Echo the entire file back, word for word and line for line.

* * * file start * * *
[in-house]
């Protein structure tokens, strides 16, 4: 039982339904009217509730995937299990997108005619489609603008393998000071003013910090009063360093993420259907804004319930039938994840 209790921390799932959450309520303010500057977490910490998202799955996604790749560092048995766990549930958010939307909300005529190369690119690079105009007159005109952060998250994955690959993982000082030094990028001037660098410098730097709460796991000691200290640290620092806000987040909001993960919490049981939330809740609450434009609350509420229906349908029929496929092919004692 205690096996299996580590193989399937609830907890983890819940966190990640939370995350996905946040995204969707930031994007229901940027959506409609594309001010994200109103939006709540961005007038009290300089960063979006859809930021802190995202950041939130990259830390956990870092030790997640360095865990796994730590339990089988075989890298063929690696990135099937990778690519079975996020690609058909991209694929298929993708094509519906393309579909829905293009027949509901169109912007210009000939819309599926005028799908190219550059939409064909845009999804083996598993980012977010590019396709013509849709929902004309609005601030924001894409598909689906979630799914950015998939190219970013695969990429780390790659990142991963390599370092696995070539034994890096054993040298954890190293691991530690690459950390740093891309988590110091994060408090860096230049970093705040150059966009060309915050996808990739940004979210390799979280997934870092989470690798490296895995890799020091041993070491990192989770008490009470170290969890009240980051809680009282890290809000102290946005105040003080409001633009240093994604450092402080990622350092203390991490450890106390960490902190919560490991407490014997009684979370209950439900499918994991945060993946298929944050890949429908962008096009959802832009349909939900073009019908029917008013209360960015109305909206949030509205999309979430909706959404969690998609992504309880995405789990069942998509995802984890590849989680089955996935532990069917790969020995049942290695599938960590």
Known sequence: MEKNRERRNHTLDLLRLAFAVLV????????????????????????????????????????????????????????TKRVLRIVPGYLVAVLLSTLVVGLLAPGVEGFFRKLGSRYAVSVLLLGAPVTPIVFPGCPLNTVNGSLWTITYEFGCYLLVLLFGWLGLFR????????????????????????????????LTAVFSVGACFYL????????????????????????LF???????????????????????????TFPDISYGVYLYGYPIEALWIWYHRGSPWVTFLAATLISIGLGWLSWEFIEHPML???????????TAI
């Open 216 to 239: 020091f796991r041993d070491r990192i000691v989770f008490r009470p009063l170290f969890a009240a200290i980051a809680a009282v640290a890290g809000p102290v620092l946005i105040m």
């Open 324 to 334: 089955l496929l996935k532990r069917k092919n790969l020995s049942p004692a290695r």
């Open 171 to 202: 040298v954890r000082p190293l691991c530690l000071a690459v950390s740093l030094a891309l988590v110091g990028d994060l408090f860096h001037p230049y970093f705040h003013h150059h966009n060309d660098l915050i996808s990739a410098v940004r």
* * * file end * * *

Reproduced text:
[in-house]
């Protein structure tokens, strides 16, 4: 039982339904009217509730995937299990997108005619489609603008393998000071003013910090009063360093993420259907804004319930039938994840 209790921390799932959450309520303010500057977490910490998202799955996604790749560092048995766990549930958010939307909300005529190369690119690079105009007159005109952060998250994955690959993982000082030094990028001037660098410098730097709460796991000691200290640290620092806000987040909001993960919490049981939330809740609450434009609350509420229906349908029929496929092919004692 205690096996299996580590193989399937609830907890983890819940966190990640939370995350996905946040995204969707930031994007229901940027959506409609594309001010994200109103939006709540961005007038009290300089960063979006859809930021802190995202950041939130990259830390956990870092030790997640360095865990796994730590339990089988075989890298063929690696990135099937990778690519079975996020690609058909991209694929298929993708094509519906393309579909829905293009027949509901169109912007210009000939819309599926005028799908190219550059939409064909845009999804083996598993980012977010590019396709013509849709929902004309609005601030924001894409598909689906979630799914950015998939190219970013695969990429780390790659990142991963390599370092696995070539034994890096054993040298954890190293691991530690690459950390740093891309988590110091994060408090860096230049970093705040150059966009060309915050996808990739940004979210390799979280997934870092989470690798490296895995890799020091041993070491990192989770008490009470170290969890009240980051809680009282890290809000102290946005105040003080409001633009240093994604450092402080990622350092203390991490450890106390960490902190919560490991407490014997009684979370209950439900499918994991945060993946298929944050890949429908962008096009959802832009349909939900073009019908029917008013209360960015109305909206949030509205999309979430909706959404969690998609992504309880995405789990069942998509995802984890590849989680089955996935532990069917790969020995049942290695599938960590």
Known sequence: MEKNRERRNHTLDLLRLAFAVLV????????????????????????????????????????????????????????TKRVLRIVPGYLVAVLLSTLVVGLLAPGVEGFFRKLGSRYAVSVLLLGAPVTPIVFPGCPLNTVNGSLWTITYEFGCYLLVLLFGWLGLFR????????????????????????????????LTAVFSVGACFYL????????????????????????LF???????????????????????????TFPDISYGVYLYGYPIEALWIWYHRGSPWVTFLAATLISIGLGWLSWEFIEHPML???????????TAI
């Open 216 to 239: 020091f796991r041993d070491r990192i000691v989770f008490r009470p009063l170290f969890a009240a200290i980051a809680a009282v640290a890290g809000p102290v620092l946005i105040m």
């Open 324 to 334: 089955l496929l996935k532990r069917k092919n790969l020995s049942p004692a290695r």
């Open 171 to 202: 040298v954890r000082p190293l691991c530690l000071a690459v950390s740093l030094a891309l988590v110091g990028d994060l408090f860096h001037p230049y970093f705040h003013h150059h966009n060309d660098l915050i996808s990739a410098v940004r």